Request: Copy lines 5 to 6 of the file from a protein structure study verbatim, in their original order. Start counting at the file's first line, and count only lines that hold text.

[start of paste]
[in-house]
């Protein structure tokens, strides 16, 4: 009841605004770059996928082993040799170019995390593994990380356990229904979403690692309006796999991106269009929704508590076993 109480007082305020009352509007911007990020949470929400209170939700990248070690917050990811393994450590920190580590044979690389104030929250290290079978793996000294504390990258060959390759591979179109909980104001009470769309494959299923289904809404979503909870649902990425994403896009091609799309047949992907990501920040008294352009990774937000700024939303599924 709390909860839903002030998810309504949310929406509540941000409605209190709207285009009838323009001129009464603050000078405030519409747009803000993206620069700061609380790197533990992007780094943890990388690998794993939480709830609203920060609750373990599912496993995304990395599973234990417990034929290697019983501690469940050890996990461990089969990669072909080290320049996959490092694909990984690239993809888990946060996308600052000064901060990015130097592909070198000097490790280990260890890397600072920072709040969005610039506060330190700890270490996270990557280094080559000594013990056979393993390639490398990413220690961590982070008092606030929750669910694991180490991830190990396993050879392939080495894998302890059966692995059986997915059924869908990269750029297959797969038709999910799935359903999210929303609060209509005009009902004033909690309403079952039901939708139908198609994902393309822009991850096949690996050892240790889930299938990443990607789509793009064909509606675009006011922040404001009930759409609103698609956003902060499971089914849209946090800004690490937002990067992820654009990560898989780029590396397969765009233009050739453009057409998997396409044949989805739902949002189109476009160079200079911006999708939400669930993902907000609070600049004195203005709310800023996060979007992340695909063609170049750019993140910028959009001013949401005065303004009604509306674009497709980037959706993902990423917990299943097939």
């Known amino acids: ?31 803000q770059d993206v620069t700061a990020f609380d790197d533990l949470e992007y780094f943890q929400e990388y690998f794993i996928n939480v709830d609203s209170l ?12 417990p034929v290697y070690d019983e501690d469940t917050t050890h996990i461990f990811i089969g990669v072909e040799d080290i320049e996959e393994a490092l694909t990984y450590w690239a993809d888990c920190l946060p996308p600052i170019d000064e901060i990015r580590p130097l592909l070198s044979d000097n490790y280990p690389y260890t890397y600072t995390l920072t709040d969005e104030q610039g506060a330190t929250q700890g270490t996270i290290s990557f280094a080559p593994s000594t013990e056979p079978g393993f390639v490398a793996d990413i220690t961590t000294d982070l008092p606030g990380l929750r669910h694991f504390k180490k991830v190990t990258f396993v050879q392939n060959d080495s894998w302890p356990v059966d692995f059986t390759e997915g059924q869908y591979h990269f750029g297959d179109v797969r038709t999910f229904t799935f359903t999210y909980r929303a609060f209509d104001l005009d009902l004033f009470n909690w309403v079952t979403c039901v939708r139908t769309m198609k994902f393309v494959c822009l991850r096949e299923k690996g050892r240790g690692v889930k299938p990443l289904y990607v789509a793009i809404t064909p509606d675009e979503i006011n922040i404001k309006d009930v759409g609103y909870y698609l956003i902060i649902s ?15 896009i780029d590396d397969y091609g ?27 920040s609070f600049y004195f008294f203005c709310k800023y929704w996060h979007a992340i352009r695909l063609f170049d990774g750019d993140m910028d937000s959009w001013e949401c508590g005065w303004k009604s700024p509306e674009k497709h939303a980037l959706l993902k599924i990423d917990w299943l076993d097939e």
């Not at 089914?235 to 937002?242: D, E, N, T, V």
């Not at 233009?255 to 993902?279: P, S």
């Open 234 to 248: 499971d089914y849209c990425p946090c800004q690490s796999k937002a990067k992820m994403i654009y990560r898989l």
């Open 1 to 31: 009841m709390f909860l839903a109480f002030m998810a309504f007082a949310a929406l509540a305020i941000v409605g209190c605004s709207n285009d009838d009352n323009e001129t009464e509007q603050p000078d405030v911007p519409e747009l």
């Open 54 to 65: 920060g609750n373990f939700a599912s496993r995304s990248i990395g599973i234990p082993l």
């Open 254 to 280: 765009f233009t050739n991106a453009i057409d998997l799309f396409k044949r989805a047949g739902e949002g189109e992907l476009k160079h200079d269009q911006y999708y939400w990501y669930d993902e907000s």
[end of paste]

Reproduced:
């Not at 233009?255 to 993902?279: P, S």
């Open 234 to 248: 499971d089914y849209c990425p946090c800004q690490s796999k937002a990067k992820m994403i654009y990560r898989l």